There’s a pretty interesting article over at Wired by Clive Thompson about the rhetorical ploys pseudoscience advocates use.
Much of the article is dead on. Creationists, quantum healers, and other crackpots frequently abuse scientific verbiage to make their arguments. As if what something is named affects whether it’s in the least bit true. Well, in the real world, apparently it does. That’s how superficial we are, I guess.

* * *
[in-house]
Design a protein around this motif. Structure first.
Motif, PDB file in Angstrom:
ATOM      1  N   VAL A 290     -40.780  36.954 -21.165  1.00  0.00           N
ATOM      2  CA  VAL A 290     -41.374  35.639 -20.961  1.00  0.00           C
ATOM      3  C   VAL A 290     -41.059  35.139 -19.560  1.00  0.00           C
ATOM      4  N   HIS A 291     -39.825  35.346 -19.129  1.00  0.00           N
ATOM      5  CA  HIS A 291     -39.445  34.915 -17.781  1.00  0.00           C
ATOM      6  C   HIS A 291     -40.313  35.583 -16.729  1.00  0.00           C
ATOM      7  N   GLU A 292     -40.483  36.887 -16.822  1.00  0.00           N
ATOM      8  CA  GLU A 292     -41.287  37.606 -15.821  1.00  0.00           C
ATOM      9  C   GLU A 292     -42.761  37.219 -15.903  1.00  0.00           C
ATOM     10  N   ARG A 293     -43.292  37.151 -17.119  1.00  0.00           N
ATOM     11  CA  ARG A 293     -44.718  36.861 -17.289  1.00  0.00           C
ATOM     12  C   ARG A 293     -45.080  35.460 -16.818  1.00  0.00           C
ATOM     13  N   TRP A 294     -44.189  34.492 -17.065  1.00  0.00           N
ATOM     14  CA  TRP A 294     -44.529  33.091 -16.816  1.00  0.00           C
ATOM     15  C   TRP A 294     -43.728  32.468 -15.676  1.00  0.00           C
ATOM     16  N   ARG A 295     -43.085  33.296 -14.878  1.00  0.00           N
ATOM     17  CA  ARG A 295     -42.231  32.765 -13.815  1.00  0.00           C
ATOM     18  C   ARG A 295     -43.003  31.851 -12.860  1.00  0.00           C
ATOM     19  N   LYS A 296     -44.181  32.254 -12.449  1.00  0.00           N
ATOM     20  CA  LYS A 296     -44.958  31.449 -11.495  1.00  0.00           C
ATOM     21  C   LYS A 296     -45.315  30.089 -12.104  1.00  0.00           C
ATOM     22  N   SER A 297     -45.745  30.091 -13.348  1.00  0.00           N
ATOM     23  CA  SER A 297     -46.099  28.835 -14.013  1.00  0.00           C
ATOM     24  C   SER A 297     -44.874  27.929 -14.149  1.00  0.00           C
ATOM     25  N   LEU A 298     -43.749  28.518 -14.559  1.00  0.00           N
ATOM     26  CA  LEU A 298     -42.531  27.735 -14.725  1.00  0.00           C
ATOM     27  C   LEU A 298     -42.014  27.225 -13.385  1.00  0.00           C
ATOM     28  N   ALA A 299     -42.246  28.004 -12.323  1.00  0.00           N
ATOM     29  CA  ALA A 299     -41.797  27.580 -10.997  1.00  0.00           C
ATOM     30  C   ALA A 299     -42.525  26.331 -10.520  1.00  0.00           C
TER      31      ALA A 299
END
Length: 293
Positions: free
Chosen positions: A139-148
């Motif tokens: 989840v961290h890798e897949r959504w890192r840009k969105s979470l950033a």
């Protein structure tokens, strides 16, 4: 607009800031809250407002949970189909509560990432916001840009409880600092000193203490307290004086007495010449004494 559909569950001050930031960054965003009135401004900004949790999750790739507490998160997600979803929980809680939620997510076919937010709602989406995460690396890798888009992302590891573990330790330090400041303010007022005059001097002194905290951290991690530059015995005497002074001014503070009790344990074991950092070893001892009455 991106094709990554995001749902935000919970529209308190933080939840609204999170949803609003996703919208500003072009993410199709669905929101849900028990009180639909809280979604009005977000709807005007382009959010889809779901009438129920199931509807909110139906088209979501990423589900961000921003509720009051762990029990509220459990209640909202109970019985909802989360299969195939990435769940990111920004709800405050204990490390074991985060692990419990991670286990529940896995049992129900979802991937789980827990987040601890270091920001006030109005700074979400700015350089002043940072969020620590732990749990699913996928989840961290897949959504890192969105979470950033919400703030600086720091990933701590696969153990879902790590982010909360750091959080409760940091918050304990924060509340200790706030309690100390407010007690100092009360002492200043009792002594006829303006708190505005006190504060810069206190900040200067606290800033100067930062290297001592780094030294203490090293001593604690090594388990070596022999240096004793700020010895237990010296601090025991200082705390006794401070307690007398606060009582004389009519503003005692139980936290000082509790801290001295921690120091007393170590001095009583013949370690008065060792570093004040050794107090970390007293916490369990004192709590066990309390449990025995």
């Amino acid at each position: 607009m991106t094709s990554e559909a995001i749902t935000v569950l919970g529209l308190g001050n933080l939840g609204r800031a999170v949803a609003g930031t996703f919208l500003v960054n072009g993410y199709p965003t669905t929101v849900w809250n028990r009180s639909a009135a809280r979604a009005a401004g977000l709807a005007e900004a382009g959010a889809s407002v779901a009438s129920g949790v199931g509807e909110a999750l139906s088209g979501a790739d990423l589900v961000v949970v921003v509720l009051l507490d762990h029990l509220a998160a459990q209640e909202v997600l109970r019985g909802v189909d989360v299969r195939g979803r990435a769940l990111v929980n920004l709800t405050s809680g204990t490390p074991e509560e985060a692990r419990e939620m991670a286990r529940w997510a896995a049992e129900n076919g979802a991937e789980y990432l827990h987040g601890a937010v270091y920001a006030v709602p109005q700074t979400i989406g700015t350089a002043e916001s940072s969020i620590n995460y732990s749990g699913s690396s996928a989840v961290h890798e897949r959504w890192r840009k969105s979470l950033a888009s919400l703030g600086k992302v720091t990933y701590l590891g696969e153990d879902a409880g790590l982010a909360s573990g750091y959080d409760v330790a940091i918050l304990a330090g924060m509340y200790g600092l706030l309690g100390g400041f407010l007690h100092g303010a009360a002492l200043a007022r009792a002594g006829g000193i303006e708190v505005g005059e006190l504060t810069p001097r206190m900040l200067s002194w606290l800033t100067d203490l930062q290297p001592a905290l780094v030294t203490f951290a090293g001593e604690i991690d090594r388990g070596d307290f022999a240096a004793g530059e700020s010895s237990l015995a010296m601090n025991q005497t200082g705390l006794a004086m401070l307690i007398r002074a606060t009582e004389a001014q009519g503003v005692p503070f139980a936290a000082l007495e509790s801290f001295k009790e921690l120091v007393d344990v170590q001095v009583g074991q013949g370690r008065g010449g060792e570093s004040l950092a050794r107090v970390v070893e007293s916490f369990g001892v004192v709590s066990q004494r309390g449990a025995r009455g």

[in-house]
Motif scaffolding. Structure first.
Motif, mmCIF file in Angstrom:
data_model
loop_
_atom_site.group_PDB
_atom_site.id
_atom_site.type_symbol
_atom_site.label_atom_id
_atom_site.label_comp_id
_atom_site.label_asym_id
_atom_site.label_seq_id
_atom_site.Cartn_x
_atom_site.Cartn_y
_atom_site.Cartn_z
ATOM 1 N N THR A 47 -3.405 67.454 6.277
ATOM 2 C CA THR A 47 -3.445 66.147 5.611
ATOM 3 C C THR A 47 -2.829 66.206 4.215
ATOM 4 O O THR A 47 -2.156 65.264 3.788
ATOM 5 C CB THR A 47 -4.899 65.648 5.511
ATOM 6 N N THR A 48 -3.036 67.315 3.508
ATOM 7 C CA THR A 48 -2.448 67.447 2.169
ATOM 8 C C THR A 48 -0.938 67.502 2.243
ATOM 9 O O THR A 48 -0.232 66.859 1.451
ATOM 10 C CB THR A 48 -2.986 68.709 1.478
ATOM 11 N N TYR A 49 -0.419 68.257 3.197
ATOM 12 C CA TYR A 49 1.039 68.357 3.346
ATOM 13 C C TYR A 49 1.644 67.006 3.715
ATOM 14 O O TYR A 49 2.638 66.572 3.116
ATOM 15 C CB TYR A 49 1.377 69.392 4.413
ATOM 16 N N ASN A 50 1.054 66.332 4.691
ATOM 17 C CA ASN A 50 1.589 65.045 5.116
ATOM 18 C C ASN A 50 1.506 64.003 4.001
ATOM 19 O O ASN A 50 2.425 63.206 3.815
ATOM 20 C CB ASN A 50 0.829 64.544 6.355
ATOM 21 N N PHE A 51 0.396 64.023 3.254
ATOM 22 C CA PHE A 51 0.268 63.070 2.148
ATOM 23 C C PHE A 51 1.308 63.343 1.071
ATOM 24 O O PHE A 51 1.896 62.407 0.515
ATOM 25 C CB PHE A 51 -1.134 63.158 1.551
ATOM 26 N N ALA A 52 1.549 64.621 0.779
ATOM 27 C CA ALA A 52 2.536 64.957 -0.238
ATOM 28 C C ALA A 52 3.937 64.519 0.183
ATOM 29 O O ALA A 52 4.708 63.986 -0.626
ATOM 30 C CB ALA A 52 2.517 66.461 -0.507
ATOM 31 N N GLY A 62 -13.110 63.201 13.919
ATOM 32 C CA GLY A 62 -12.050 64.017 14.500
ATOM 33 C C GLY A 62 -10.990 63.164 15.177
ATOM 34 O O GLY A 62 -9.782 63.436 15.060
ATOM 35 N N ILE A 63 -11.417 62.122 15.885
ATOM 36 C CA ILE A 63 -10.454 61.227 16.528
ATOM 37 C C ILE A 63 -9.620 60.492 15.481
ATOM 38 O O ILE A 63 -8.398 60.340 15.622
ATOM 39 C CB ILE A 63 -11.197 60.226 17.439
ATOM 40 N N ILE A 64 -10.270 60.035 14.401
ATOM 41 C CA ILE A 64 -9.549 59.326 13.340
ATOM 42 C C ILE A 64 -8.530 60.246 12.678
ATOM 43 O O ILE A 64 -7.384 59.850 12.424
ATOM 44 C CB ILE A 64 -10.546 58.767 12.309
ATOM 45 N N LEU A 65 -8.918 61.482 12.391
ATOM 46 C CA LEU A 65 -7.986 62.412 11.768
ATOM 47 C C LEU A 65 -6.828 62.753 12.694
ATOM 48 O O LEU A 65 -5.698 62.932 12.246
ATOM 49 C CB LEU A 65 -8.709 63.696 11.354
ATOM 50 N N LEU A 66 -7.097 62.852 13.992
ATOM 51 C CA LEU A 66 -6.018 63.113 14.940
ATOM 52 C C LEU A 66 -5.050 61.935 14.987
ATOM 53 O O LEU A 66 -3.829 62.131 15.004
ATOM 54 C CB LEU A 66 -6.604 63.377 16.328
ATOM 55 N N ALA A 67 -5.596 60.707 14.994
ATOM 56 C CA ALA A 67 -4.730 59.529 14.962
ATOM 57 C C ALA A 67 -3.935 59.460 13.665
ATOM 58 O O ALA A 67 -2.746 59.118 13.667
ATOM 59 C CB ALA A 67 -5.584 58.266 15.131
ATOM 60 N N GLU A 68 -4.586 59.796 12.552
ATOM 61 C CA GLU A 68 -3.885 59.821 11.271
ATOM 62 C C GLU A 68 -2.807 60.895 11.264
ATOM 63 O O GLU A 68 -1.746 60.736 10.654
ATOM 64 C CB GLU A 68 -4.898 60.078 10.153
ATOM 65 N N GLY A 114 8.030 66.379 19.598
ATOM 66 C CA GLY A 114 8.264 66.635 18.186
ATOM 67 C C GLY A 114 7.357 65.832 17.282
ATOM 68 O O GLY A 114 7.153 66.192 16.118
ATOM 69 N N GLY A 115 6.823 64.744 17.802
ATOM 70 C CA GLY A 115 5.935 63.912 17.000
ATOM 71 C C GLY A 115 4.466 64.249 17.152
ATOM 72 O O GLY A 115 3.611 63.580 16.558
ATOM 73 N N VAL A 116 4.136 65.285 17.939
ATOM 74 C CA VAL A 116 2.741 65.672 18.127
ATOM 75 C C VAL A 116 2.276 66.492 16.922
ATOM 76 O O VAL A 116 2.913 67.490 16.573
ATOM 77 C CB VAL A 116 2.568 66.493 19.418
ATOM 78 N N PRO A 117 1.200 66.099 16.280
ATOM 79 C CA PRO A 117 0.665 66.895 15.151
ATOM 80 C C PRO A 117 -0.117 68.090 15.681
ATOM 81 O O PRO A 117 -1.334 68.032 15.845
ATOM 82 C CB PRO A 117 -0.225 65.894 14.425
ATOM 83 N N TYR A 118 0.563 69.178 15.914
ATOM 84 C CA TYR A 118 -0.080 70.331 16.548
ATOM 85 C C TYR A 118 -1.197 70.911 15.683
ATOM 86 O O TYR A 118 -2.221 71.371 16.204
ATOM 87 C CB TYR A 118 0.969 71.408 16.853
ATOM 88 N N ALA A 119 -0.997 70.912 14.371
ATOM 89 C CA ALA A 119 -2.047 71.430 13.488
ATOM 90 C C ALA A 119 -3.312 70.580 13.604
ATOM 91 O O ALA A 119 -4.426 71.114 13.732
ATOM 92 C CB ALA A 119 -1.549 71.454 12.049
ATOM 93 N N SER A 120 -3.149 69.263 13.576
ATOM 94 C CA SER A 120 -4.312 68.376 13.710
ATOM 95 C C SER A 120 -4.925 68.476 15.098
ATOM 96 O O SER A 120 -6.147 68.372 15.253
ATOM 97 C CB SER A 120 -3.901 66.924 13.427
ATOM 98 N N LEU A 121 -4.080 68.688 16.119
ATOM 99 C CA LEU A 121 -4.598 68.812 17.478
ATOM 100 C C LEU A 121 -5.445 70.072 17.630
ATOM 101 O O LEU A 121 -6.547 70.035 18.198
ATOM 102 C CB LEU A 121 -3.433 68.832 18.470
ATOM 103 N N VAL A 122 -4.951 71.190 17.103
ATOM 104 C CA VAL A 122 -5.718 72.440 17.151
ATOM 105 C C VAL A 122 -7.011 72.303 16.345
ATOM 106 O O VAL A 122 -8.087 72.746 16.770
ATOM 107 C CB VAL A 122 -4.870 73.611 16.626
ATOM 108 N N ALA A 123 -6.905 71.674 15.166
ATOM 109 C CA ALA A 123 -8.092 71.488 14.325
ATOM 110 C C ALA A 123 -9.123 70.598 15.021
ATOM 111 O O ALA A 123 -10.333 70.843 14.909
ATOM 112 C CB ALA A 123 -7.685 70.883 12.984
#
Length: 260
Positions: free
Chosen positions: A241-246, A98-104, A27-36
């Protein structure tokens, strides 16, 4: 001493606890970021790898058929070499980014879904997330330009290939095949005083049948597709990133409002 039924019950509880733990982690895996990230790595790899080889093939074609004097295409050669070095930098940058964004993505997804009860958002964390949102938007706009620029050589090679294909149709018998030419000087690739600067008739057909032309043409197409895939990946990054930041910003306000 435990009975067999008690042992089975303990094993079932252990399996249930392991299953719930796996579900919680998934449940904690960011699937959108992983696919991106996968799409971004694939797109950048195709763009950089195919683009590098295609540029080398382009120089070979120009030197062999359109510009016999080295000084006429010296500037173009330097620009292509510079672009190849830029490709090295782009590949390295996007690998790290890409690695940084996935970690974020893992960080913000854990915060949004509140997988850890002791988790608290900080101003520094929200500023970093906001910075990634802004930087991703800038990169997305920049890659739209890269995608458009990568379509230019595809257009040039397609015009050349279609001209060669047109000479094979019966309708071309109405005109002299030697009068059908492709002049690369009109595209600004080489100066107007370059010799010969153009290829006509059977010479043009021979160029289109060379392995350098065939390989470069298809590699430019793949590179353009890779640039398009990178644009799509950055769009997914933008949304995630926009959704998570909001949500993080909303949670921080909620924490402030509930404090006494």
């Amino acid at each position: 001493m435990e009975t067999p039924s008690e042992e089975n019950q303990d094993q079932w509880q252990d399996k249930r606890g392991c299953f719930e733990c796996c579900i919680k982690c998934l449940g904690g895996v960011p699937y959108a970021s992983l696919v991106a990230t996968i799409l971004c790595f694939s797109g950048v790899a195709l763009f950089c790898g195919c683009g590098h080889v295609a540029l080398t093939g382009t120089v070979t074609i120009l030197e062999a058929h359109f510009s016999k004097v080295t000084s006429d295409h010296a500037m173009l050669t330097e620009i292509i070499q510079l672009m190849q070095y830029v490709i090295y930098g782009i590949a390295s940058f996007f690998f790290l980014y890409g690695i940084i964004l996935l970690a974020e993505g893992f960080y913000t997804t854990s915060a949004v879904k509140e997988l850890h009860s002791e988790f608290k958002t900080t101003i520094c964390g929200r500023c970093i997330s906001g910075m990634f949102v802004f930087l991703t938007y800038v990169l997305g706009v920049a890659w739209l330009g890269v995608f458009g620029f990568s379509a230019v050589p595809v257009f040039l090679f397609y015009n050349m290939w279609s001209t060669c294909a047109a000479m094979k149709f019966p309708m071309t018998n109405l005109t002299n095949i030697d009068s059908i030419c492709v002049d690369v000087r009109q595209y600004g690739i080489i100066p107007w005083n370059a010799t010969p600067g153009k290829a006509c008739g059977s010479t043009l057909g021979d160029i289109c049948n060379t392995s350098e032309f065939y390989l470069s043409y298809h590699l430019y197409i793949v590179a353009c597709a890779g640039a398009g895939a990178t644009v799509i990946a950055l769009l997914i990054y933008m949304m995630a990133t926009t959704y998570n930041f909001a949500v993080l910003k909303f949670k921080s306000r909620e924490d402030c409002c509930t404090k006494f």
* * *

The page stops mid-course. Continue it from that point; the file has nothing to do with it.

I hesitate resorting to rhetorical tactics of that kind, however. Sure, most people don’t care about subtle nuances of science-speak. But they should. Commandeering political language won’t do anything but hurt the science. This is the frame of mind you have to have when you’re thinking about this stuff. You have to acknowledge the possibility of error, or else how would you ever find the errors? And, by the way, this is how you distinguish between actual science and pseudoscience in the first place. How many pseudoscientists do you know that acknowledge that their hypotheses might be wrong? They may entertain the idea for your benefit, but they almost never seriously consider it. I mean, just look over at ERV’s dealings with the HIV denier, Leonard Horowitz, or with Michael Behe. They fake modesty toward their hypotheses in order to appear genuine. I wouldn’t trade that advantage away so easily. Maybe that’s just me.